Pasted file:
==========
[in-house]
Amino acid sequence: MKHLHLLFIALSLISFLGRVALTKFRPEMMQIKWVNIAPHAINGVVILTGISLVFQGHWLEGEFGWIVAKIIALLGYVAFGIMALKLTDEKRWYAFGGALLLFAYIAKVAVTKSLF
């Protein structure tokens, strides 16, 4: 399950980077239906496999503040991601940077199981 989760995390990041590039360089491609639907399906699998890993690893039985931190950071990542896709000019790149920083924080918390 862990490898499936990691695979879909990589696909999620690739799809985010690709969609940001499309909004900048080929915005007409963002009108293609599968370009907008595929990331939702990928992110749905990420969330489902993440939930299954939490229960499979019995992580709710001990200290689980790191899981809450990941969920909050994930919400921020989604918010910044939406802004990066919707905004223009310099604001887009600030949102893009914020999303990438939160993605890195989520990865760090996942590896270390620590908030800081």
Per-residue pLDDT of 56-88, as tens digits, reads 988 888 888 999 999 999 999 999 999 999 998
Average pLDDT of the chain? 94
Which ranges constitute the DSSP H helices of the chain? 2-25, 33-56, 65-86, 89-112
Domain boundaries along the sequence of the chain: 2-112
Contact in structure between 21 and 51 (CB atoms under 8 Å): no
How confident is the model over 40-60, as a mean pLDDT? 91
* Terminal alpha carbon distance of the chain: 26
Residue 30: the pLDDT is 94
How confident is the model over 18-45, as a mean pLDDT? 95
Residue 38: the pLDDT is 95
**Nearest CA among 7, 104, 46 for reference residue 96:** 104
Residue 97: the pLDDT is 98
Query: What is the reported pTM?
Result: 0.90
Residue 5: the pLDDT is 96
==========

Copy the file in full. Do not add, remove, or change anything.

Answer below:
[in-house]
Amino acid sequence: MKHLHLLFIALSLISFLGRVALTKFRPEMMQIKWVNIAPHAINGVVILTGISLVFQGHWLEGEFGWIVAKIIALLGYVAFGIMALKLTDEKRWYAFGGALLLFAYIAKVAVTKSLF
């Protein structure tokens, strides 16, 4: 399950980077239906496999503040991601940077199981 989760995390990041590039360089491609639907399906699998890993690893039985931190950071990542896709000019790149920083924080918390 862990490898499936990691695979879909990589696909999620690739799809985010690709969609940001499309909004900048080929915005007409963002009108293609599968370009907008595929990331939702990928992110749905990420969330489902993440939930299954939490229960499979019995992580709710001990200290689980790191899981809450990941969920909050994930919400921020989604918010910044939406802004990066919707905004223009310099604001887009600030949102893009914020999303990438939160993605890195989520990865760090996942590896270390620590908030800081």
Per-residue pLDDT of 56-88, as tens digits, reads 988 888 888 999 999 999 999 999 999 999 998
Average pLDDT of the chain? 94
Which ranges constitute the DSSP H helices of the chain? 2-25, 33-56, 65-86, 89-112
Domain boundaries along the sequence of the chain: 2-112
Contact in structure between 21 and 51 (CB atoms under 8 Å): no
How confident is the model over 40-60, as a mean pLDDT? 91
* Terminal alpha carbon distance of the chain: 26
Residue 30: the pLDDT is 94
How confident is the model over 18-45, as a mean pLDDT? 95
Residue 38: the pLDDT is 95
**Nearest CA among 7, 104, 46 for reference residue 96:** 104
Residue 97: the pLDDT is 98
Query: What is the reported pTM?
Result: 0.90
Residue 5: the pLDDT is 96